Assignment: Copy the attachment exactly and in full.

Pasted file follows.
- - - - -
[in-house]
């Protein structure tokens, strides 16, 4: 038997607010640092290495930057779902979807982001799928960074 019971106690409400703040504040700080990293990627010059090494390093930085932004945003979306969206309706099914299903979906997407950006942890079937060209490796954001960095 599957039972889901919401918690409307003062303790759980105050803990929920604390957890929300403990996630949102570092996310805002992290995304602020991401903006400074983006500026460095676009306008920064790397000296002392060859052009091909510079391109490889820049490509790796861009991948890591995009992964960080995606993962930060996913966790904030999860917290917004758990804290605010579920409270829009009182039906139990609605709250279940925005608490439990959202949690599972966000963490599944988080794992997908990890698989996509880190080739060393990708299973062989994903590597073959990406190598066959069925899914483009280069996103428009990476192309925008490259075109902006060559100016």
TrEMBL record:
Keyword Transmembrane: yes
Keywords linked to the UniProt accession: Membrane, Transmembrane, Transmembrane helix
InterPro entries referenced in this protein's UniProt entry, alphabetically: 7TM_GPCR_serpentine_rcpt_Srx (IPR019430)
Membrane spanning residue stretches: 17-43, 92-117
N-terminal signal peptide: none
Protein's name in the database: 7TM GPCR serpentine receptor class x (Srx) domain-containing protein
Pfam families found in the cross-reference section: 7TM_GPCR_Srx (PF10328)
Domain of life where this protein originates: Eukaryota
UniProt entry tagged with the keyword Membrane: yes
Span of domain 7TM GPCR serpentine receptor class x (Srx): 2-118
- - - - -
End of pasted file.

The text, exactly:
[in-house]
């Protein structure tokens, strides 16, 4: 038997607010640092290495930057779902979807982001799928960074 019971106690409400703040504040700080990293990627010059090494390093930085932004945003979306969206309706099914299903979906997407950006942890079937060209490796954001960095 599957039972889901919401918690409307003062303790759980105050803990929920604390957890929300403990996630949102570092996310805002992290995304602020991401903006400074983006500026460095676009306008920064790397000296002392060859052009091909510079391109490889820049490509790796861009991948890591995009992964960080995606993962930060996913966790904030999860917290917004758990804290605010579920409270829009009182039906139990609605709250279940925005608490439990959202949690599972966000963490599944988080794992997908990890698989996509880190080739060393990708299973062989994903590597073959990406190598066959069925899914483009280069996103428009990476192309925008490259075109902006060559100016």
TrEMBL record:
Keyword Transmembrane: yes
Keywords linked to the UniProt accession: Membrane, Transmembrane, Transmembrane helix
InterPro entries referenced in this protein's UniProt entry, alphabetically: 7TM_GPCR_serpentine_rcpt_Srx (IPR019430)
Membrane spanning residue stretches: 17-43, 92-117
N-terminal signal peptide: none
Protein's name in the database: 7TM GPCR serpentine receptor class x (Srx) domain-containing protein
Pfam families found in the cross-reference section: 7TM_GPCR_Srx (PF10328)
Domain of life where this protein originates: Eukaryota
UniProt entry tagged with the keyword Membrane: yes
Span of domain 7TM GPCR serpentine receptor class x (Srx): 2-118